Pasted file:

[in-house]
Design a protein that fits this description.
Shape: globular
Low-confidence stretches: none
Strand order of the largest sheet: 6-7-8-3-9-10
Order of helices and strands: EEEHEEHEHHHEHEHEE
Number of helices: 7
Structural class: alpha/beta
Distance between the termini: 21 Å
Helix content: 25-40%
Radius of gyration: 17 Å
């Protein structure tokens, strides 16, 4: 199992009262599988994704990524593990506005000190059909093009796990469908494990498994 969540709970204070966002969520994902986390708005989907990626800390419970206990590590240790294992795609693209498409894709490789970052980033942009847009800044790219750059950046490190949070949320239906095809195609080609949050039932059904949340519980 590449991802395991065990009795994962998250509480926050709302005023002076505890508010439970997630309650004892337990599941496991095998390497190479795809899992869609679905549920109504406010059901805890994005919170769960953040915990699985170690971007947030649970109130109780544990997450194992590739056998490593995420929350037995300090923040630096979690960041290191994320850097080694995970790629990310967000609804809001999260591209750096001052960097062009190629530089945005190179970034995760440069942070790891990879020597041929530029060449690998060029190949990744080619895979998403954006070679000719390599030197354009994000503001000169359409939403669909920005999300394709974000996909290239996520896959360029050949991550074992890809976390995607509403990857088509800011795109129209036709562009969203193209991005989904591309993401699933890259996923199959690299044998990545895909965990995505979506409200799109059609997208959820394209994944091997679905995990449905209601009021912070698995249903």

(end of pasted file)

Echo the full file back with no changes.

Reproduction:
[in-house]
Design a protein that fits this description.
Shape: globular
Low-confidence stretches: none
Strand order of the largest sheet: 6-7-8-3-9-10
Order of helices and strands: EEEHEEHEHHHEHEHEE
Number of helices: 7
Structural class: alpha/beta
Distance between the termini: 21 Å
Helix content: 25-40%
Radius of gyration: 17 Å
């Protein structure tokens, strides 16, 4: 199992009262599988994704990524593990506005000190059909093009796990469908494990498994 969540709970204070966002969520994902986390708005989907990626800390419970206990590590240790294992795609693209498409894709490789970052980033942009847009800044790219750059950046490190949070949320239906095809195609080609949050039932059904949340519980 590449991802395991065990009795994962998250509480926050709302005023002076505890508010439970997630309650004892337990599941496991095998390497190479795809899992869609679905549920109504406010059901805890994005919170769960953040915990699985170690971007947030649970109130109780544990997450194992590739056998490593995420929350037995300090923040630096979690960041290191994320850097080694995970790629990310967000609804809001999260591209750096001052960097062009190629530089945005190179970034995760440069942070790891990879020597041929530029060449690998060029190949990744080619895979998403954006070679000719390599030197354009994000503001000169359409939403669909920005999300394709974000996909290239996520896959360029050949991550074992890809976390995607509403990857088509800011795109129209036709562009969203193209991005989904591309993401699933890259996923199959690299044998990545895909965990995505979506409200799109059609997208959820394209994944091997679905995990449905209601009021912070698995249903």